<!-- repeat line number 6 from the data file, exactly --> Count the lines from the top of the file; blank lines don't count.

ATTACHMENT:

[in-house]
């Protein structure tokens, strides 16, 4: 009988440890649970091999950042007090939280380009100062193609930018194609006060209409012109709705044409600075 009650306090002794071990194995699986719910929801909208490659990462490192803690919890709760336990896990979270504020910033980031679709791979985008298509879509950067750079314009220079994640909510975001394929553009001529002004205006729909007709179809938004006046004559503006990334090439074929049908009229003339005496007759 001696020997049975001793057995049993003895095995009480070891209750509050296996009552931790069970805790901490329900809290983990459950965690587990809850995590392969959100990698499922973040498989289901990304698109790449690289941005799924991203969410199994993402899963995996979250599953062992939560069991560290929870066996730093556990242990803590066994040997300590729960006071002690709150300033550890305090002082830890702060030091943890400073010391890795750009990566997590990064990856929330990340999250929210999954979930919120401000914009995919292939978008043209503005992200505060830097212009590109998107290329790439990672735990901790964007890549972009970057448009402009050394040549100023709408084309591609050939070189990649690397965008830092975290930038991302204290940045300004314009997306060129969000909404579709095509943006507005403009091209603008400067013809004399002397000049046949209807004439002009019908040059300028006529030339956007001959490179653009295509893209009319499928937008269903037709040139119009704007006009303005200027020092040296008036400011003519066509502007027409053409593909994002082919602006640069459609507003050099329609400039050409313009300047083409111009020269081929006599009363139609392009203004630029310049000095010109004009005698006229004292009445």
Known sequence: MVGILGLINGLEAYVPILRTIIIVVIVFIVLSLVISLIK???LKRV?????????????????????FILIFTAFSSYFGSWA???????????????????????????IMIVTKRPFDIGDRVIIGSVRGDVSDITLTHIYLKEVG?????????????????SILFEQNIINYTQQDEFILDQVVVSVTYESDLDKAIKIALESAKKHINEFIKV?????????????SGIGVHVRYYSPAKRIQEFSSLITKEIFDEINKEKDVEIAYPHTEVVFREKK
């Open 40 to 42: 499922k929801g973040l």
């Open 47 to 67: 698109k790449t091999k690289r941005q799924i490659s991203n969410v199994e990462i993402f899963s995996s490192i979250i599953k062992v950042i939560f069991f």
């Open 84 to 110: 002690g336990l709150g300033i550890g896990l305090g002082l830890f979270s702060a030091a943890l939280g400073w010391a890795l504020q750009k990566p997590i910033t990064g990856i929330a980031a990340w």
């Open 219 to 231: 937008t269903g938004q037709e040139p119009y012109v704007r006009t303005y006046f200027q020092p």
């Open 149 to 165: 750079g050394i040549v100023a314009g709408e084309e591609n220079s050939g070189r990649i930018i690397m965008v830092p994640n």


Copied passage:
């Open 84 to 110: 002690g336990l709150g300033i550890g896990l305090g002082l830890f979270s702060a030091a943890l939280g400073w010391a890795l504020q750009k990566p997590i910033t990064g990856i929330a980031a990340w």